“We’re getting our asses kicked”: House GOP leader raises alarm over Dem’s fundraising advantage

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“Money money money money, MONEY!”

For the Love of Money — The O’Jays

House Minority Leader Kevin McCarthy (R-CA) told his Republican brethren during a closed-door meeting today that they just weren’t raising enough cash compared to the fired-up Democrats.

“We’re getting our asses kicked,” the California GOP leader complained to his fellow representatives.

McCarthy’s desperate plea to amp up the fund-raising calls comes as the national outrage over the policies of Donald Trump have helped Democratic candidates and organizations reach record levels of political donations that imperil the chances of the Republicans regaining a majority in the House of Representatives during the 202o election cycle.

“Some people got to have it.”
“Some people really need it.”
“Listen to me why’all, do things, do things, do bad things with it.”

For the Love of Money — The O’Jays

The House Minority Leader’s entreaties were echoed by House Minority Whip Steve Scalise (R-LA) and National Republican Congressional Committee (NRCC) Chairman Tom Emmer (R-MN) as they implored legislators to up their fundraising games and increase their contributions to the NRCC which helps fund GOP congressional candidates.

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According to a report at The Hill:

“Emmer said we are sounding the alarm,” one source in the room told The Hill. “Steve said members need to be raising money and paying dues, Kevin said we’re getting our asses kicked.”

“McCarthy and Emmer reviewed the overall numbers and the disparity. Also stressed difference between D and R member and candidate campaign COH (cash on hand) — about a $40m disparity,” one GOP lawmaker texted The Hill. “ Members need to meet their dues commitment minimally while also funding their campaign. Too many members well behind on their dues.”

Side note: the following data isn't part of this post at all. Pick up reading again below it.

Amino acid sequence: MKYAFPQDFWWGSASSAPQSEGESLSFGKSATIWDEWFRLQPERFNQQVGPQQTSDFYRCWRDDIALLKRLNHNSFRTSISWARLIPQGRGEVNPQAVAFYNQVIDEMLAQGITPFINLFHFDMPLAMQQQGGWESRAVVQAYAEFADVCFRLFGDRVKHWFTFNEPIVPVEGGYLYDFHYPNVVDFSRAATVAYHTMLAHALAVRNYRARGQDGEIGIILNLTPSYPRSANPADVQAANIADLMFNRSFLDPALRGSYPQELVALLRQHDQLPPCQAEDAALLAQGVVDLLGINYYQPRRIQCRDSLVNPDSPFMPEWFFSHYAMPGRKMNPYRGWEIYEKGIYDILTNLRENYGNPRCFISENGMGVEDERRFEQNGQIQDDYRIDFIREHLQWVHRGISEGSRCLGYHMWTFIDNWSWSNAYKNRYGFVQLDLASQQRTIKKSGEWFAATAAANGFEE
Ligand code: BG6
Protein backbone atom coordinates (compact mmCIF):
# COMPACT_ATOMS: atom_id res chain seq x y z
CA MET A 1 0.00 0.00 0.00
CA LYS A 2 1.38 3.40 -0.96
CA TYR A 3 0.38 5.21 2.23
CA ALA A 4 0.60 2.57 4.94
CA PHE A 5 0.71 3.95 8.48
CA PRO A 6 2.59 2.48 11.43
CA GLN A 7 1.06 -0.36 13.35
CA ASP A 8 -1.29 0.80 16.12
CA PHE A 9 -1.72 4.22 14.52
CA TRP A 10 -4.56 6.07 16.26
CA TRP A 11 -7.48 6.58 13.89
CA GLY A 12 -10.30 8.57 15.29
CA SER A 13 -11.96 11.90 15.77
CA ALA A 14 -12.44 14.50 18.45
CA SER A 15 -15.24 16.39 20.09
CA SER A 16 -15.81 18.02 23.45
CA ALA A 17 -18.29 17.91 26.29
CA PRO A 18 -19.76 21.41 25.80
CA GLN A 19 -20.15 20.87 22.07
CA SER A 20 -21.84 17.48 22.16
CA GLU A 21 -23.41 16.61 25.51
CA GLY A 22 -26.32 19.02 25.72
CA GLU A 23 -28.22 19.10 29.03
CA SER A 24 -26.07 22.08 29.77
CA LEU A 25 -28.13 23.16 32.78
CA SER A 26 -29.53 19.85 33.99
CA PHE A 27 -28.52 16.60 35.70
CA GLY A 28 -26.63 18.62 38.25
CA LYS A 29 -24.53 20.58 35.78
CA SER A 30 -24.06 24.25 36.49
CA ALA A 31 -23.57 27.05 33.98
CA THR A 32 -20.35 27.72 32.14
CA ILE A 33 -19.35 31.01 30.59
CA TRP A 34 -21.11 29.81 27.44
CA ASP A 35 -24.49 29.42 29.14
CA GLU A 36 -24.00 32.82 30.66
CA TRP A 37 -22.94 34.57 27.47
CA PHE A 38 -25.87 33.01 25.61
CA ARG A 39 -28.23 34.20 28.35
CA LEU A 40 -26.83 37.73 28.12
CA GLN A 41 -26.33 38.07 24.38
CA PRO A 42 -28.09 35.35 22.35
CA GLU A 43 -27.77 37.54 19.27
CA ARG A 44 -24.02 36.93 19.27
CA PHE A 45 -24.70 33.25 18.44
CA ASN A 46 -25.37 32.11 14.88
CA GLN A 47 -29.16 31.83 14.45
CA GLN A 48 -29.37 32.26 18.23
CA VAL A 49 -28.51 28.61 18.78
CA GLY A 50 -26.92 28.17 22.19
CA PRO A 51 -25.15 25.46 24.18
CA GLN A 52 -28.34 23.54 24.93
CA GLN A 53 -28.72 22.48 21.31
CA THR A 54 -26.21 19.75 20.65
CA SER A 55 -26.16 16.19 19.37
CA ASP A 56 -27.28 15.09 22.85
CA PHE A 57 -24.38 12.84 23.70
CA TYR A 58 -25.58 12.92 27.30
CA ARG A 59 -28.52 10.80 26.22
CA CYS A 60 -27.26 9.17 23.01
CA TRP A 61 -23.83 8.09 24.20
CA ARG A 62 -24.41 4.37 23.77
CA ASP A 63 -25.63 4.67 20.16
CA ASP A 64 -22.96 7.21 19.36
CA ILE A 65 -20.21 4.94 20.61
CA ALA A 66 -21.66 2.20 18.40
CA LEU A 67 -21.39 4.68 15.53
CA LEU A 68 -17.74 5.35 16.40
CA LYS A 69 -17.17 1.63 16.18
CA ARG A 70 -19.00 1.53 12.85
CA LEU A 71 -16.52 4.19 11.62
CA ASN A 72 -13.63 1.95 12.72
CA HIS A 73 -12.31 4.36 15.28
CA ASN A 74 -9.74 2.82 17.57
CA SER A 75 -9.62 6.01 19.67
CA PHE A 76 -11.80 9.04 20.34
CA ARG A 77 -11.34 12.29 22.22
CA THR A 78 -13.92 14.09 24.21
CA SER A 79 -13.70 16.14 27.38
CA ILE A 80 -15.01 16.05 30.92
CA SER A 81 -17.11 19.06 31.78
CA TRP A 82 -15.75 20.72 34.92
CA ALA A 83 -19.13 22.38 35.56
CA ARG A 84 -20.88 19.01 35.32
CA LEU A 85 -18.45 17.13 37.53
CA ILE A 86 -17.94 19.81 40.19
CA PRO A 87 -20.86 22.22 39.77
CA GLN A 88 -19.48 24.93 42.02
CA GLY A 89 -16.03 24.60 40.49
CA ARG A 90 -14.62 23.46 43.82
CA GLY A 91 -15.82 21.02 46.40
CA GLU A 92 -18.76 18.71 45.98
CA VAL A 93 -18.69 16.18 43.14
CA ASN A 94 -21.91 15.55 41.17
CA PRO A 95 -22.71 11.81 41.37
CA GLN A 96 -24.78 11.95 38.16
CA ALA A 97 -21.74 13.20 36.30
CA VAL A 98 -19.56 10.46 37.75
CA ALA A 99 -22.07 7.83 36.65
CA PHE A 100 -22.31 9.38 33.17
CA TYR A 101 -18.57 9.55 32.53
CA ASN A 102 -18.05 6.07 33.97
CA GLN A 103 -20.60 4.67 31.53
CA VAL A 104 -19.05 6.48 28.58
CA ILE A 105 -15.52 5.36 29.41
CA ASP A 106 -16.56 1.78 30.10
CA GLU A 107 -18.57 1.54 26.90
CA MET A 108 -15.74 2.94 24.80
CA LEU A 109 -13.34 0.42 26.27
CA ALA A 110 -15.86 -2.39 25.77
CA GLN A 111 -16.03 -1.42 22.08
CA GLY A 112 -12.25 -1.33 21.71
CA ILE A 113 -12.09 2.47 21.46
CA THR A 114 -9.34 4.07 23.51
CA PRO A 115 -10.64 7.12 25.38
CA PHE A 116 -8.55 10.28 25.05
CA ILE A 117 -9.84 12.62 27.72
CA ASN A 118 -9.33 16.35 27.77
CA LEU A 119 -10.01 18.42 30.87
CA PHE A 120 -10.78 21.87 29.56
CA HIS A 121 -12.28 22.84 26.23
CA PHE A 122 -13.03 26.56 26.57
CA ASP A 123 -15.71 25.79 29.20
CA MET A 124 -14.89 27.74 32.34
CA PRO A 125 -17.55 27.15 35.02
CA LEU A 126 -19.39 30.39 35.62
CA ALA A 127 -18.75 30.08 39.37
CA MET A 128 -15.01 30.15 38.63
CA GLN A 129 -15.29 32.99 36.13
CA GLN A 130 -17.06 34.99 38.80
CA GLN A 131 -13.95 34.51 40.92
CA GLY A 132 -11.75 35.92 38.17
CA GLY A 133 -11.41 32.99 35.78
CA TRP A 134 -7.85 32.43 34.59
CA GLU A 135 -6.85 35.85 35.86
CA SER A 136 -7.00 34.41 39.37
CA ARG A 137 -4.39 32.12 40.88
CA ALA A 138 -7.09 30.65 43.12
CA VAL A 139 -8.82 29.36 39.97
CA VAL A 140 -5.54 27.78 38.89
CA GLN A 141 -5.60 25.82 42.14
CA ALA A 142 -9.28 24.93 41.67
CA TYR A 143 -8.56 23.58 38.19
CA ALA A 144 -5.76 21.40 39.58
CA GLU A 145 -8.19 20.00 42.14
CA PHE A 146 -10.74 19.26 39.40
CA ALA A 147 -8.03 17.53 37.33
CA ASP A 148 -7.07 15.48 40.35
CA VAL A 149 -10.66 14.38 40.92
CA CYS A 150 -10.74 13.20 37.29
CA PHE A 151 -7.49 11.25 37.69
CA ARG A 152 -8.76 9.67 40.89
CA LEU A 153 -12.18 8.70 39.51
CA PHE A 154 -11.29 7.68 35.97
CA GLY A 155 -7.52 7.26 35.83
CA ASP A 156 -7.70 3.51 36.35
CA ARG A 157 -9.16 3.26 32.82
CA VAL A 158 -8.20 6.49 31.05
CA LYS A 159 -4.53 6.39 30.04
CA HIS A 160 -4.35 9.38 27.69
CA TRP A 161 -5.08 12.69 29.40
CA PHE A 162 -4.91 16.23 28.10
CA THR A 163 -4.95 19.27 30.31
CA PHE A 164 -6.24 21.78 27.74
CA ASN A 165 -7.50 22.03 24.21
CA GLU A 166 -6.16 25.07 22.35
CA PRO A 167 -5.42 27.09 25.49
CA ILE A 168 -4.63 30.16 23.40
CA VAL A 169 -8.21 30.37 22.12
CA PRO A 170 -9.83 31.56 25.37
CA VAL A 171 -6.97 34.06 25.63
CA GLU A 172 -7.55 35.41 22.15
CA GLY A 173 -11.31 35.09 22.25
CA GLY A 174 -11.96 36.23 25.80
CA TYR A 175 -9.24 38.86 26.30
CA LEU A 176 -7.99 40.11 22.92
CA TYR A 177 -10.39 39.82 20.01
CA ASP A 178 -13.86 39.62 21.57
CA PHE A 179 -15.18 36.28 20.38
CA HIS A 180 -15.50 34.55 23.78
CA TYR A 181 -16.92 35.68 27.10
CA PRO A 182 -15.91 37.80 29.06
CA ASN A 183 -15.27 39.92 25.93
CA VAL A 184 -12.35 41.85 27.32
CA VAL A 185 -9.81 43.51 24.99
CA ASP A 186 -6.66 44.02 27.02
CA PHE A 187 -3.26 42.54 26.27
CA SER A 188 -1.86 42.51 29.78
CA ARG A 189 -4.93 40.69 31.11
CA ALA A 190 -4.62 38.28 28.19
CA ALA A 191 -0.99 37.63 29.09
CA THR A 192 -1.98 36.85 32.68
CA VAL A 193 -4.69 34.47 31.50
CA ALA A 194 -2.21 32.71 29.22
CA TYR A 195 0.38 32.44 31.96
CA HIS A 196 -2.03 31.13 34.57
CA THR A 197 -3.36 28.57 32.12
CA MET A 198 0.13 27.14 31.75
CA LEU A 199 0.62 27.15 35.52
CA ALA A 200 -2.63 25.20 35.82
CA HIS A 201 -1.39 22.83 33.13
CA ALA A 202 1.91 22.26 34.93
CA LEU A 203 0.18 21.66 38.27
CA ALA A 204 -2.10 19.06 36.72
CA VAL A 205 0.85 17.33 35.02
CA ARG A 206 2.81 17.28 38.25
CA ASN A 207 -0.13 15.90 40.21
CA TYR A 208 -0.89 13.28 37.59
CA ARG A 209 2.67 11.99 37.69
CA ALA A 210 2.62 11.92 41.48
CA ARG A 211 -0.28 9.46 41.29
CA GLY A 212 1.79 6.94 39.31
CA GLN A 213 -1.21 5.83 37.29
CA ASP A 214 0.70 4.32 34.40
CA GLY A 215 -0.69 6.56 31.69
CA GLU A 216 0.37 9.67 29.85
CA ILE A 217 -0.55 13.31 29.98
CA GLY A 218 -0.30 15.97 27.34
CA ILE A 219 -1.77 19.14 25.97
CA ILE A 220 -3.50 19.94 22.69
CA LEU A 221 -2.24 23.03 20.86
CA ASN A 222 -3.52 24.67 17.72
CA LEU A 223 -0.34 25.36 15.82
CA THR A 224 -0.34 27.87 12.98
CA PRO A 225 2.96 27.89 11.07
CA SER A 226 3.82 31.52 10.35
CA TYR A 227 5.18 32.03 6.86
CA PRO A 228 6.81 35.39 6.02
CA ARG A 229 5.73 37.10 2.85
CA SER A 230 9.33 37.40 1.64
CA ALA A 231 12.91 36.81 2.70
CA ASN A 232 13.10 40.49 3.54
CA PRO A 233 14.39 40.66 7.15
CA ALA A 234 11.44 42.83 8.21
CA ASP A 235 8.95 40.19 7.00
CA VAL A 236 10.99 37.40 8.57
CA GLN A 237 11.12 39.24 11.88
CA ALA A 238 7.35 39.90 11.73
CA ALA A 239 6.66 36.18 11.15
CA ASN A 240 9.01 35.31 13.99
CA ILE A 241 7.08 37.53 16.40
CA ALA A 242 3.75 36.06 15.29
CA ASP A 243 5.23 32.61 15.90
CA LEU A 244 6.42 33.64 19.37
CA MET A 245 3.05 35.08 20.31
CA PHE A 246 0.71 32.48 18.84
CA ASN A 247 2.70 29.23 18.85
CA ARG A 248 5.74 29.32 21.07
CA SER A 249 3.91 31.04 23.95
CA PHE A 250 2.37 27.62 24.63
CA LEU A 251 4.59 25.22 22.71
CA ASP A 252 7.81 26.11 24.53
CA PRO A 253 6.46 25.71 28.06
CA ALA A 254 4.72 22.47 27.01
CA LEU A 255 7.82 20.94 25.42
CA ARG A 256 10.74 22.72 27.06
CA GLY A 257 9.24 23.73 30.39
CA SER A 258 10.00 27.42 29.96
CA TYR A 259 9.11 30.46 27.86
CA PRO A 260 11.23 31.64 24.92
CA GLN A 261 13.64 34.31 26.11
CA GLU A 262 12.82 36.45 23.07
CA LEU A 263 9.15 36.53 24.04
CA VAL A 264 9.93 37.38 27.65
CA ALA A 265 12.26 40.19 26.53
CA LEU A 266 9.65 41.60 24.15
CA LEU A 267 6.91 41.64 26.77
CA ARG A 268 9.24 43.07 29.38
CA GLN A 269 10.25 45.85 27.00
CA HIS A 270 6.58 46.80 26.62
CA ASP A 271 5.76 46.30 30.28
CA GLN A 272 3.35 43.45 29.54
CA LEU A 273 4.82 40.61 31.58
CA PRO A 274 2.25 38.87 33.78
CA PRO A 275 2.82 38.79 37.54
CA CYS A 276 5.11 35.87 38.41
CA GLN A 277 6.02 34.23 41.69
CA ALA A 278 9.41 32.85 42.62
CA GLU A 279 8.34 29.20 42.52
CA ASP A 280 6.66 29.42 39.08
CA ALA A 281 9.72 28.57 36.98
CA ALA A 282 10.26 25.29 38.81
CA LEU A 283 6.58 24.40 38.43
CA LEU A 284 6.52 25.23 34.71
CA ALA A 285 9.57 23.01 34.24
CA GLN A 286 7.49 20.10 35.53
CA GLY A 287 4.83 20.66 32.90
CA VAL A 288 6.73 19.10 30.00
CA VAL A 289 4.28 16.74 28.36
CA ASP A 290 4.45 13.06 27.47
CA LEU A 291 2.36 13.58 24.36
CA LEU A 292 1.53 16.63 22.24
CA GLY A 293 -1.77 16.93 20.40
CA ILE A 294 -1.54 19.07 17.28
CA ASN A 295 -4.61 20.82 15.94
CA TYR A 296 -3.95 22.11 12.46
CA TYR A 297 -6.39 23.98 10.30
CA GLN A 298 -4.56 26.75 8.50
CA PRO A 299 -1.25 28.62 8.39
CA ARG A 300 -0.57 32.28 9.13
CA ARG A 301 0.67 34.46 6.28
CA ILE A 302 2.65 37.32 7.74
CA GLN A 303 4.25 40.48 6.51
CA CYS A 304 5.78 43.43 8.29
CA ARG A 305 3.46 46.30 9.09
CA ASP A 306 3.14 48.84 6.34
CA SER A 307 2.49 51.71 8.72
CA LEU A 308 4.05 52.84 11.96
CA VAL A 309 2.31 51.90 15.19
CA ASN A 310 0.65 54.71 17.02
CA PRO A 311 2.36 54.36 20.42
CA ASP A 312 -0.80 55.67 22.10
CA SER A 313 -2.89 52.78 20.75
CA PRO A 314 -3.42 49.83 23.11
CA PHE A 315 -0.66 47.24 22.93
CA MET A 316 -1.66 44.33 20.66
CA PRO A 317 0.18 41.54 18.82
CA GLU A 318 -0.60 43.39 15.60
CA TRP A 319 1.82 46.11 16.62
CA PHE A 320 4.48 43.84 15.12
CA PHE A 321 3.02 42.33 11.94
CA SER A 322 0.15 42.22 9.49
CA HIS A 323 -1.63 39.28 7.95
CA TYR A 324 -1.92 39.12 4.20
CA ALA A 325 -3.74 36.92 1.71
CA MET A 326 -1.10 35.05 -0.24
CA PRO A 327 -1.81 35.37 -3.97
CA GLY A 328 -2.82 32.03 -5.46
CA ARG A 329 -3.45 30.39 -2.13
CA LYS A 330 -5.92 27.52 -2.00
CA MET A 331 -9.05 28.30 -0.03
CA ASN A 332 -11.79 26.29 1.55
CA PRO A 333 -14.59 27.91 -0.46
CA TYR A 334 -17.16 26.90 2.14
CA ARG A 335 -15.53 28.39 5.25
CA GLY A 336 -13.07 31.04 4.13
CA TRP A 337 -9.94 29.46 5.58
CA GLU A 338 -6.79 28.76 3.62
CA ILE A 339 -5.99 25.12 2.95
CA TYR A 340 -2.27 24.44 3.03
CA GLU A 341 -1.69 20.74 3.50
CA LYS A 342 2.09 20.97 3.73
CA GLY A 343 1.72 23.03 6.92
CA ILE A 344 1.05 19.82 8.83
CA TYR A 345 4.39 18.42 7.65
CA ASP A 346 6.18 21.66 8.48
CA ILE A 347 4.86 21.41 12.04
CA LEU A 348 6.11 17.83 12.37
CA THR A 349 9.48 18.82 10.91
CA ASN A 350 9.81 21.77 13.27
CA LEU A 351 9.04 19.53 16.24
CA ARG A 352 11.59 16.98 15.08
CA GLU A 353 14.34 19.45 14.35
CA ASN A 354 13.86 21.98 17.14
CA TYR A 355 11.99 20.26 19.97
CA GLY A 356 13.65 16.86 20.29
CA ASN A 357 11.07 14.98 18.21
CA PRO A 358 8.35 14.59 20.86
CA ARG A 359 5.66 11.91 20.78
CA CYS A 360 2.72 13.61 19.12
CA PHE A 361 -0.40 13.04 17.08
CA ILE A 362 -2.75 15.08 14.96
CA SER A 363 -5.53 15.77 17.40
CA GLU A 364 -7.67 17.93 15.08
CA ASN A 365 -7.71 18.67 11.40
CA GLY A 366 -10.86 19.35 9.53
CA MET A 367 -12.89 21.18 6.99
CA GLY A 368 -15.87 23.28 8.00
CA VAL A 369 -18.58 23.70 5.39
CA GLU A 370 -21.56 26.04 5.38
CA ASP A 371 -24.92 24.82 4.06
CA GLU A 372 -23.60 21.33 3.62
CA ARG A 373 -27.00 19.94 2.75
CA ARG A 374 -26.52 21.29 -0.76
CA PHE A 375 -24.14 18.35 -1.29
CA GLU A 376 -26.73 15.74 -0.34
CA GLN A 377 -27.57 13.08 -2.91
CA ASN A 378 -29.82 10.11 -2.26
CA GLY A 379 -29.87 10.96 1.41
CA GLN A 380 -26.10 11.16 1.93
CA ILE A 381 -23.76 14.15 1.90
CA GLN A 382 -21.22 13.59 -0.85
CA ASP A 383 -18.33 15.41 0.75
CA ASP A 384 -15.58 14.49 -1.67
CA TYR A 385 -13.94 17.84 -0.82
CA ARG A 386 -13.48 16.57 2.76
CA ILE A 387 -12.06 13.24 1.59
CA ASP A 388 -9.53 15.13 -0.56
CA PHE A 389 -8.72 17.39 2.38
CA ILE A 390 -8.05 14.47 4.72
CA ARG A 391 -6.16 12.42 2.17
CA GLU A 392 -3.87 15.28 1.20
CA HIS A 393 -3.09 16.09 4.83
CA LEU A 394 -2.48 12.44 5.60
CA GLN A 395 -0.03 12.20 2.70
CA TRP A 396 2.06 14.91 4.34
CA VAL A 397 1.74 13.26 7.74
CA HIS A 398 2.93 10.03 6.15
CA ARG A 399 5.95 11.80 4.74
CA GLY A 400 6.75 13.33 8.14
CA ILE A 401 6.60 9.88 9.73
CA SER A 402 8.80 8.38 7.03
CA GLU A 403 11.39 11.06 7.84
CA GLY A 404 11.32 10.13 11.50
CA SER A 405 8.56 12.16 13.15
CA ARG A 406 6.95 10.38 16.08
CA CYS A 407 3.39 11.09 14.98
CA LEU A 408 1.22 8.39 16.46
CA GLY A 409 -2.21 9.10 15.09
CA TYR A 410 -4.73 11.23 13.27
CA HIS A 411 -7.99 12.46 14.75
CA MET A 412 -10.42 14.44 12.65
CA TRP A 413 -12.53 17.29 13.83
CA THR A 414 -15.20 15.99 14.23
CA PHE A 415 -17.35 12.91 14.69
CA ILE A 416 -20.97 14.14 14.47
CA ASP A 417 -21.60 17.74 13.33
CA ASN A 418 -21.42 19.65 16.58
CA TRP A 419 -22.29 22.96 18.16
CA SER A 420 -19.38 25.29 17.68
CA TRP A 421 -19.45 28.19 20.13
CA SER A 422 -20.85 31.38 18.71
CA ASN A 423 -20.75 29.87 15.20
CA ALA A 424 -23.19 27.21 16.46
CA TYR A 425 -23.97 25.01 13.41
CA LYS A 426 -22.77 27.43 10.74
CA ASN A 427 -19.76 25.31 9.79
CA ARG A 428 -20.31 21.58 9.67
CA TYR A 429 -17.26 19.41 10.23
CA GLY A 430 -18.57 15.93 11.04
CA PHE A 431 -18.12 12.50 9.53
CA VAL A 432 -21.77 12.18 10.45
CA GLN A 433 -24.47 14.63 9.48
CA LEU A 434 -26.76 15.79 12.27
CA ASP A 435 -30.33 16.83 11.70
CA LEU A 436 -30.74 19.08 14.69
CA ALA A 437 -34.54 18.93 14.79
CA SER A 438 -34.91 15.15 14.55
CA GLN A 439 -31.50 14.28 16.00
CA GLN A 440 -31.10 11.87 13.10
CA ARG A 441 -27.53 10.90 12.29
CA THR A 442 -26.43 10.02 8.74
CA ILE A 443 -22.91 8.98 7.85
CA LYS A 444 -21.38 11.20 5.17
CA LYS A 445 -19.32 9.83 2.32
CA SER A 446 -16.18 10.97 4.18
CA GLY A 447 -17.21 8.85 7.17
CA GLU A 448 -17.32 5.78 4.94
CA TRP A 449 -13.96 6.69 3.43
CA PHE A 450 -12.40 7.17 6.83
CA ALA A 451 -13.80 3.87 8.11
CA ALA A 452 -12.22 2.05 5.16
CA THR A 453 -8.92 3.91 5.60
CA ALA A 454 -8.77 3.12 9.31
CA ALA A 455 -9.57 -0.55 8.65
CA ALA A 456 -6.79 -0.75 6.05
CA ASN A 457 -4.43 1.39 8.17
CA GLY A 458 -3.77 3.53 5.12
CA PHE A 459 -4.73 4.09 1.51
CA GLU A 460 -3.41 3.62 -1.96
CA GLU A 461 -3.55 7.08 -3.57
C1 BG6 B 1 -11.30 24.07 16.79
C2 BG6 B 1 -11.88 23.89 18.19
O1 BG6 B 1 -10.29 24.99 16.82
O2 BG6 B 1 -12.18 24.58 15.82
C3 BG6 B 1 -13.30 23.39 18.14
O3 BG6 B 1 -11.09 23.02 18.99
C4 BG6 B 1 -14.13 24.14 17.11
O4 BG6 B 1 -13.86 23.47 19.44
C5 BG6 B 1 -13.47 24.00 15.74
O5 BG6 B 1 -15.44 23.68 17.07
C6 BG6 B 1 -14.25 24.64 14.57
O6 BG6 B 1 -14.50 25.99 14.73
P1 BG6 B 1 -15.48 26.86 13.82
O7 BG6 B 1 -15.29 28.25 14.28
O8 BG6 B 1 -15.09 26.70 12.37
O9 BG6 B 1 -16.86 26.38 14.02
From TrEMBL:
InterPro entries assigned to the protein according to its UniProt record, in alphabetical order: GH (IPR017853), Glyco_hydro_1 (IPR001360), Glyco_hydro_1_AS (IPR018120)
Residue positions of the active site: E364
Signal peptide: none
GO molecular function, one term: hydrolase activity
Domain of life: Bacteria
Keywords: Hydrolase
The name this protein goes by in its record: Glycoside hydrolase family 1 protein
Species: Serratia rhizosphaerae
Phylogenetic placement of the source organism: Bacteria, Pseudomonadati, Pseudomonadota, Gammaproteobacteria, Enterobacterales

Perhaps, given the checkered history of bill payment by the president that they’ve loyally emulated, it’s unsurprising that GOP congresspeople are failing to meet their obligations.

“For the love of money,”
“People will steal from their mother.”
“For the love of money,”
“People will rob their own brother.”

For the Love of Money — The O’Jays

The NRCC has reportedly raised about $85 million in the last year, while, in contrast, their counterpart, the Democratic Congressional Campaign Committee (DCCC), has raised $125 million to support its candidates, and that’s not counting the $87 million raised by House Speaker Nancy Pelosi (D-CA) for candidates and party organizations last year.

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Even the combined forces of Congressmen McCarthy and Scalise couldn’t match that number.

“Talk about cash money, money,”
“Talk about cash money- dollar bills, why’all.”

For the Love of Money — The O’Jays

Ironically, some GOP legislators blame the success of Donald Trump’s own money-grabbing skills during a presidential election campaign year for their own deficits in fundraising, given the finite amount of cash that donors are willing to offer political candidates.